As anyone with a passing relationship with reality knows, investment banks are in the process of unloading many of the staff they acquired over the past five years. Accountancy firms, however, are still a) hiring, and b) making money.
Last week, Deloitte said revenues will be up 11% this year, thanks to all the 'downturn work' (Financial Times). And analysis by Accountancy Age suggests that while investment banks' corporate finance revenues are falling off a cliff, combined revenues at the Big Four have been growing at a rate of 13%.
Combine this with the fact that Grant Thornton is busy raising cash to help pay extra wages as it battles for market share (Accountancy Age), and it all looks rather promising.
But looks are deceiving. Accounting firms are doing a little hacking of their own - KPMG has sliced 90 corporate financiers, and the Big Four have a history of nastiness almost equal to banks'. KPMG (again) is said to have made 700 staff redundant by email in 2001 (FT).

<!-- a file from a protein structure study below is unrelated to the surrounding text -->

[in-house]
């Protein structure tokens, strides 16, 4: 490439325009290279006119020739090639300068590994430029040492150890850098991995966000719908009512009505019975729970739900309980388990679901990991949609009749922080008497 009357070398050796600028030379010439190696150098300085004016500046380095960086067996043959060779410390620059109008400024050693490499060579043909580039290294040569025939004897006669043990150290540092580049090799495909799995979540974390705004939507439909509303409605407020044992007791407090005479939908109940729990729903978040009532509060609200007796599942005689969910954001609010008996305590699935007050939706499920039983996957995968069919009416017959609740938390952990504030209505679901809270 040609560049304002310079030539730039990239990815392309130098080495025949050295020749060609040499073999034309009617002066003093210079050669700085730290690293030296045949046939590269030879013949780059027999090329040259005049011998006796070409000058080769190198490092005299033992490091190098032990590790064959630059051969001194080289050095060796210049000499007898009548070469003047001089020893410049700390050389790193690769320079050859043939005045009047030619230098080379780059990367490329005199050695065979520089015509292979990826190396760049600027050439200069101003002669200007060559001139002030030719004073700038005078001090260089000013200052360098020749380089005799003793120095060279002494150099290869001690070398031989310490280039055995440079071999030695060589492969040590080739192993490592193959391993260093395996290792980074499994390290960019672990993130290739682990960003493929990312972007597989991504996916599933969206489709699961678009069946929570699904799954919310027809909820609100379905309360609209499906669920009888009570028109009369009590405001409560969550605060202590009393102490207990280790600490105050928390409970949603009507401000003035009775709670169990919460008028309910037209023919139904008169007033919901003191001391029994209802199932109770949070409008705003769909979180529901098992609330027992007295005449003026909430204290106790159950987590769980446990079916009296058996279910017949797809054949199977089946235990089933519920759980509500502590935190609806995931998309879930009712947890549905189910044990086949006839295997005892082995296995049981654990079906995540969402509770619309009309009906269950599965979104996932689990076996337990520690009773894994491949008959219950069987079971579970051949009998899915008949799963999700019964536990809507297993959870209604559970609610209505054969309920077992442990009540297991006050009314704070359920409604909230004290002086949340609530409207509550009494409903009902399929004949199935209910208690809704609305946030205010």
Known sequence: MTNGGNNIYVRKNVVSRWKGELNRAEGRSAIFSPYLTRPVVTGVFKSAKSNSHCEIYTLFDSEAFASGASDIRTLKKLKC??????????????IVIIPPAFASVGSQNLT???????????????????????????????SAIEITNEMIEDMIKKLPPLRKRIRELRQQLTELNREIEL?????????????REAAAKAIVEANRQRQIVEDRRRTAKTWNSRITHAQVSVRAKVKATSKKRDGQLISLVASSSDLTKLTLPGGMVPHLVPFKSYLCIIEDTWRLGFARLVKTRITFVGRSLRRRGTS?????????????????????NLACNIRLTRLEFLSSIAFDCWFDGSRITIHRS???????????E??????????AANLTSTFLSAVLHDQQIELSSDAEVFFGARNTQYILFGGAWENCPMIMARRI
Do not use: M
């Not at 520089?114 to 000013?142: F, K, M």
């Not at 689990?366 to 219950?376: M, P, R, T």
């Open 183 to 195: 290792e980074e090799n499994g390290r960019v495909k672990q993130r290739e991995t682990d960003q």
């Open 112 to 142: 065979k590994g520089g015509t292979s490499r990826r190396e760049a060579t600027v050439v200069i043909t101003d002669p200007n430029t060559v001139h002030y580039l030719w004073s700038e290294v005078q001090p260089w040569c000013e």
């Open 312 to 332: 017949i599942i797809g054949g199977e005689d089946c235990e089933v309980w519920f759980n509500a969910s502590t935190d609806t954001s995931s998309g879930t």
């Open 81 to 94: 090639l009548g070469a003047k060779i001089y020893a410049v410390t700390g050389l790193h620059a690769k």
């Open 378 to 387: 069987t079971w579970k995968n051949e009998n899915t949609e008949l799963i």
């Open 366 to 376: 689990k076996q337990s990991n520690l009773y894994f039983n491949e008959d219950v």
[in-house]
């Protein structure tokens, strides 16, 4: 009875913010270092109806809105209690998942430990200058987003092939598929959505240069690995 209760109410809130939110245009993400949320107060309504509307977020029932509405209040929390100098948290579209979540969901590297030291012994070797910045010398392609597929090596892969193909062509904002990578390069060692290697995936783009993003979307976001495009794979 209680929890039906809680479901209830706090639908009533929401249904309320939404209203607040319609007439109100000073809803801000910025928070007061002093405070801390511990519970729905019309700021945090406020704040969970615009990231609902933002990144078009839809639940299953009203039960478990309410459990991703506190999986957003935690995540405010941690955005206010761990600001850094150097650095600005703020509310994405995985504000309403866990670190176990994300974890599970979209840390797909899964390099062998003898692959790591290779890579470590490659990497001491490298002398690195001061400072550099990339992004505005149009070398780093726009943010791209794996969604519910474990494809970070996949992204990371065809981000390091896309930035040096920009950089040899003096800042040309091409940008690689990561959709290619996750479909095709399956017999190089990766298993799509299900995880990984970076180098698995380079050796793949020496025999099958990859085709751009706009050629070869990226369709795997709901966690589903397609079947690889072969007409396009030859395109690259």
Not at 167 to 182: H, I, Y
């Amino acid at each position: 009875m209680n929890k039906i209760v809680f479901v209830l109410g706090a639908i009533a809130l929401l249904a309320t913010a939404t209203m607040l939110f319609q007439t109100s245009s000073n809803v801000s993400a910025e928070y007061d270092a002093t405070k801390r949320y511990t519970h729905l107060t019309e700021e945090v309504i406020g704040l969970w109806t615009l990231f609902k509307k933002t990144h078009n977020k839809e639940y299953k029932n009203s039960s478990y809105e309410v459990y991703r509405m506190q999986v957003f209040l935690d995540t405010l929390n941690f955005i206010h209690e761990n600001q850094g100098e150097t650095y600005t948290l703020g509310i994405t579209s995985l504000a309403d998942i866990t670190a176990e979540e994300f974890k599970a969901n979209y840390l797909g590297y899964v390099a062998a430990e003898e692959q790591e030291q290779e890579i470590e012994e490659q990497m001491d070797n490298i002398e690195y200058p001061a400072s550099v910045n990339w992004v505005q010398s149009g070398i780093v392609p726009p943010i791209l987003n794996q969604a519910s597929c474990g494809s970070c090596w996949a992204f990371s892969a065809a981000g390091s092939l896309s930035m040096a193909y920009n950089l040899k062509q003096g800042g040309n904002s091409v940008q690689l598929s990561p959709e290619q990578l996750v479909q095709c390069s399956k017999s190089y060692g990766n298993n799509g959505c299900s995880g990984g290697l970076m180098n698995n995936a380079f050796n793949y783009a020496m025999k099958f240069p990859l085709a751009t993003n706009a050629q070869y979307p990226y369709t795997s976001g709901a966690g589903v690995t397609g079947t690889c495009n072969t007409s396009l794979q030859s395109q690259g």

Keith Dugdale, global head of recruitment at KPMG, says there are "small numbers being let go, but nothing on the scale that banks are experiencing.
"On the whole, we want to hang onto people," he adds. "Corporate finance may be going down, but areas like corporate recovery and forensic are countercyclical and we'd rather redeploy people internally than let them go."
Brendan Collins, head of HR at Mazars, which ranked 12th among UK accounting firms last year, says there are no plans for redundancies, but they're not hiring any more corporate financiers. "We are still hiring for audit, recovery, business and tax, however," he assures us.